Shawn has a varied background as a professional director, writer, producer, performer and teacher. He received a BMUS in Voice Performance from Dalhousie University and since then, has taught music in the school system in Ontario for the last fifteen years while also acting as director and musical director for many theatrical shows throughout Ontario and New Brunswick. In 2013, he started his own production company called Blind Faith Productions and continues to produce film and stage performances. He recently graduated with a MA in Musicology from Dalhousie University in the spring of 2018.
Paul G. Doerwald holds a B.Mus. from Wilfrid Laurier University and an M.Sc. in Software Engineering from the University of Oxford. He has owned and operated Liquid Media, a boutique web development company with an international clientele, for almost two decades. His Software-as-a-Service start-up, Clockk is developing a ‘smart time sheets’ application for agencies and consultancies. Clockk is a winner of the first Volta Cohort competition in Halifax, and has received a $25,000 early stage investment. Paul enjoys skiing, hiking and traveling.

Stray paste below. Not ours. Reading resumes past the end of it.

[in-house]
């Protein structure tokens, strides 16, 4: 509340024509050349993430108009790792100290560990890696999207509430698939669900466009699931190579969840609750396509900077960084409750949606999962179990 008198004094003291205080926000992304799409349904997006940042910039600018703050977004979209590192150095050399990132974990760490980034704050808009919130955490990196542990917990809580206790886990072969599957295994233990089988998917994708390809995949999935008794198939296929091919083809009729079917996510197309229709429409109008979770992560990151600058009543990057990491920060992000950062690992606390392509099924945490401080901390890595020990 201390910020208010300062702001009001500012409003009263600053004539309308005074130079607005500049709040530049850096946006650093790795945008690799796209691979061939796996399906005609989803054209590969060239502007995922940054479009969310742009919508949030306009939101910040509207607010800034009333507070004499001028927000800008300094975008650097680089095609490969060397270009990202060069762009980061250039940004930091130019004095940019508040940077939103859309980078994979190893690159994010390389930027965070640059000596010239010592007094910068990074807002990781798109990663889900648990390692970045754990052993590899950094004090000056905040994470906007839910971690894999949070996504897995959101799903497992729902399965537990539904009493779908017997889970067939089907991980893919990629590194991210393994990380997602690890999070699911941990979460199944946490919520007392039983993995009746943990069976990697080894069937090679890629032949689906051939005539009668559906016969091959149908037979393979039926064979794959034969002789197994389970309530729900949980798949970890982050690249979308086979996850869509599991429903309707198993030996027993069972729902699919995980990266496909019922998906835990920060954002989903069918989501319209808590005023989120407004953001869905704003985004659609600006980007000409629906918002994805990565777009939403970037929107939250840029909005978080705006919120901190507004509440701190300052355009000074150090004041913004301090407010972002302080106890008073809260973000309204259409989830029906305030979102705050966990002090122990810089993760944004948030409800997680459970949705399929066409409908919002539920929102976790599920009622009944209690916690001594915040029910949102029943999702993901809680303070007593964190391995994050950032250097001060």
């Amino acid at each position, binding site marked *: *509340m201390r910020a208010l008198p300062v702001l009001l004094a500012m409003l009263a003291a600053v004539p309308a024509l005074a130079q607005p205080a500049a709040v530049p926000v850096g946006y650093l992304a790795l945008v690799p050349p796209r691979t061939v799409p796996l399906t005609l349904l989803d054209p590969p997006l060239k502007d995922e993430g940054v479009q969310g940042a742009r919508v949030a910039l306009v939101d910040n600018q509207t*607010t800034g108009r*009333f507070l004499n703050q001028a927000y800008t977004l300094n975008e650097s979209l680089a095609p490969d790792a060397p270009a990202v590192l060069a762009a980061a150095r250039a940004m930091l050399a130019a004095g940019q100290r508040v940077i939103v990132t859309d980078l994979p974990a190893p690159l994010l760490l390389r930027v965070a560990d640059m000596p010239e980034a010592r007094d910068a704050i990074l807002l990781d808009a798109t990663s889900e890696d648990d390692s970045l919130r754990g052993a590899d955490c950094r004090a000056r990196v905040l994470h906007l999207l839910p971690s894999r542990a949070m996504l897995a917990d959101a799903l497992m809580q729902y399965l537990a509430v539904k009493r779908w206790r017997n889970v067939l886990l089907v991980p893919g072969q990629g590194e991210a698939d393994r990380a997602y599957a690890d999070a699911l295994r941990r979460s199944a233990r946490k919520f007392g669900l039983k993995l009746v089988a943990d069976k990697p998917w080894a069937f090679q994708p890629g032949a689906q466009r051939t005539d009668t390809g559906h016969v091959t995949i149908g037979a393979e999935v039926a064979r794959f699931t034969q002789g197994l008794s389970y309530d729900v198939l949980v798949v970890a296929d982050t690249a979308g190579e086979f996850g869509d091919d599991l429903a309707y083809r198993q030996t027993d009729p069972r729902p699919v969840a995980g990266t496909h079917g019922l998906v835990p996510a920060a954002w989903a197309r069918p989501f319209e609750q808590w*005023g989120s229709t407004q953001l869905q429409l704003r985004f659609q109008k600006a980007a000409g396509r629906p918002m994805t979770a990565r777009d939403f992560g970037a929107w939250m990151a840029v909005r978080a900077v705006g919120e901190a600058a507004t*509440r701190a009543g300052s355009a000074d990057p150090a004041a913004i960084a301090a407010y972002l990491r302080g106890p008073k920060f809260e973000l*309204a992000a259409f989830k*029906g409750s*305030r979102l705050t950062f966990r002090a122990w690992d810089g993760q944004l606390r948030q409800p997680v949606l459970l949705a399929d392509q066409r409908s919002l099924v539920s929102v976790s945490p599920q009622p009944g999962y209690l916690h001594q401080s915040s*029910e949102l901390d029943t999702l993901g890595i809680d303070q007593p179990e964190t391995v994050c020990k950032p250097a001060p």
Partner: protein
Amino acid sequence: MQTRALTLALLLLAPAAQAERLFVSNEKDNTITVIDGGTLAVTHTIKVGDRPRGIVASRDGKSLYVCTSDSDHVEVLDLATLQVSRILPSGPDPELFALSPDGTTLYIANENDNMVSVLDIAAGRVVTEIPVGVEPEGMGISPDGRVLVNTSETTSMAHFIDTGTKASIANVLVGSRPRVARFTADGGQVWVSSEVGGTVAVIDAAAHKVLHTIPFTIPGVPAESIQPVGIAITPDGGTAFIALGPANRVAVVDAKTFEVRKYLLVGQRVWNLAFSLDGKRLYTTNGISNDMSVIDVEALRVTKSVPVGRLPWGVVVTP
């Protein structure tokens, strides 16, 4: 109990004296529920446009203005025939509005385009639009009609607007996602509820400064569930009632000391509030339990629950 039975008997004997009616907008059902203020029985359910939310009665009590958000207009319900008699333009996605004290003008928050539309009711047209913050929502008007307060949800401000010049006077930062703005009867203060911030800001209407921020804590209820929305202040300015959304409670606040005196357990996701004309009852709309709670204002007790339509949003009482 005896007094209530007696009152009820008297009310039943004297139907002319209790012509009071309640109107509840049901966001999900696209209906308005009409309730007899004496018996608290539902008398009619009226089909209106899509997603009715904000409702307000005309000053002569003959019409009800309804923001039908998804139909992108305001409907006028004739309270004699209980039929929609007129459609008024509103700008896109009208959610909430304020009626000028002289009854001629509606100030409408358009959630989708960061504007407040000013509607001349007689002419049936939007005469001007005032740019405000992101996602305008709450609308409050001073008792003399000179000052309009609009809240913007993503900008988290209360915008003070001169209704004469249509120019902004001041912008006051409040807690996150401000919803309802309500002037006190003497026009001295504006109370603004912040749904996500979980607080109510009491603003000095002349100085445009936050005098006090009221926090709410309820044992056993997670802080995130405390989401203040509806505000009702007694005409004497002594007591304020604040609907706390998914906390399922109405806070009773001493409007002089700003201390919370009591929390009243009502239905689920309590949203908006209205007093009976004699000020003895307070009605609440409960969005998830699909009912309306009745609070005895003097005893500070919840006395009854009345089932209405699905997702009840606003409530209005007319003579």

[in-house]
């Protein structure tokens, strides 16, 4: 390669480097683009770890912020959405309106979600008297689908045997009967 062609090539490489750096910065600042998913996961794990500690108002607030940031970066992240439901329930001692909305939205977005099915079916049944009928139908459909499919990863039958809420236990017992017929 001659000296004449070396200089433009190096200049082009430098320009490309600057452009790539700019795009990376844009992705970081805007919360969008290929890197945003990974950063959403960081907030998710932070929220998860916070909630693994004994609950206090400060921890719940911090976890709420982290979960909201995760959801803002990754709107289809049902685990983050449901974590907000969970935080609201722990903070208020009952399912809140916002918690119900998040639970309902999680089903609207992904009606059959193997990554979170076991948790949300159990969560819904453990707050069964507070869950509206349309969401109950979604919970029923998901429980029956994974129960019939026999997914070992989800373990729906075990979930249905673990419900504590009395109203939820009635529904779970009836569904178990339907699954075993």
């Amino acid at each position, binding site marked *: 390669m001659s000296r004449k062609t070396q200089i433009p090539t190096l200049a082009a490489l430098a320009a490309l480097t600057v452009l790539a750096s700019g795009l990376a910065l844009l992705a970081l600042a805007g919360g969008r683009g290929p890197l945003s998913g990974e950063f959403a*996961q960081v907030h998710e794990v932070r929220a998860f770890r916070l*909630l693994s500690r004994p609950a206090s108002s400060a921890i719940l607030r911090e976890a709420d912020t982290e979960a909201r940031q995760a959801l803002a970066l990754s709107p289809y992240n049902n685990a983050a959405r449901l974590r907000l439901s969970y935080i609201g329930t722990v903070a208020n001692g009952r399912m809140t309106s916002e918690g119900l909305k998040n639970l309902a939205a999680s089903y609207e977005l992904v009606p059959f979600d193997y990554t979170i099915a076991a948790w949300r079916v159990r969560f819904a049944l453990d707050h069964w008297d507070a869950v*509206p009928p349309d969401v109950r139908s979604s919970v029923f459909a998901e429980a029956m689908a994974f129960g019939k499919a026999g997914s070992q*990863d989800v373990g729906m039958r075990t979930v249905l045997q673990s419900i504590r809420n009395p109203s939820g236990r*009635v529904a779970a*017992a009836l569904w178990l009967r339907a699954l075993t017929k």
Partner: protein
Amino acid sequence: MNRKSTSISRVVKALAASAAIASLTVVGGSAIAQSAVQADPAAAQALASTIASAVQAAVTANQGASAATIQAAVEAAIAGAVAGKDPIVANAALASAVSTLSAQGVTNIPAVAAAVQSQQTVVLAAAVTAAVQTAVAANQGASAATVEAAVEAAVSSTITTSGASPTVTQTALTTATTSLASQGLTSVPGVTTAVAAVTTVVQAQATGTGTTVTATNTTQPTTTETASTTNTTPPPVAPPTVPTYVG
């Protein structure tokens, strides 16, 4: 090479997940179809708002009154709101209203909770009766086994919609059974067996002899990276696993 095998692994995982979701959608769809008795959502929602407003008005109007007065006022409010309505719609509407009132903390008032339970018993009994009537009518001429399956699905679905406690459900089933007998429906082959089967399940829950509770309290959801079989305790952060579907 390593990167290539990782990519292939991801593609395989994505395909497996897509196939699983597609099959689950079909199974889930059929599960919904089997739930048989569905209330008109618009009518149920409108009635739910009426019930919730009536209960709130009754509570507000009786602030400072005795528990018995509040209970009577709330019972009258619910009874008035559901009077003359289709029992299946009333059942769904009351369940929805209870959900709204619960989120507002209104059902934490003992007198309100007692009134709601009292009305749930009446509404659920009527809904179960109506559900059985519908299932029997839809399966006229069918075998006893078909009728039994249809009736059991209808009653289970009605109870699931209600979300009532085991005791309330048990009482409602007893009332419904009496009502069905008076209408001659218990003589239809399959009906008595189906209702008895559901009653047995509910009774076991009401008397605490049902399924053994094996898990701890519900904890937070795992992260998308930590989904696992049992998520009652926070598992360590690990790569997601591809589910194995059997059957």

• also presented at UC Berkeley Graduate Music Colloquium, 18 March, 2016.
Visualizing Operatic Fame podcast presented by Neo4j
For a full list of research outputs see https://dal.academia.edu/EstelleJoubert
For a full list of research outputs see https://dal.academia.edu/AustinGlatthorn
An international conference entitled ‘Opera’s Canonic Entanglements’ was held in June 2017 at Český Krumlov.
Call for Papers (deadline: 15 December 2016)See #operacanon2017 live tweets
Dalhousie’s Advanced Seminar in Baroque Culture, held in June of each year, is open to Canadian and International Students. Due to the fragility of material culture at Český Krumlov, the course is limited to 25 students. Places are allotted on a first come, first served basis.
For more information see our informational brochure (PDF).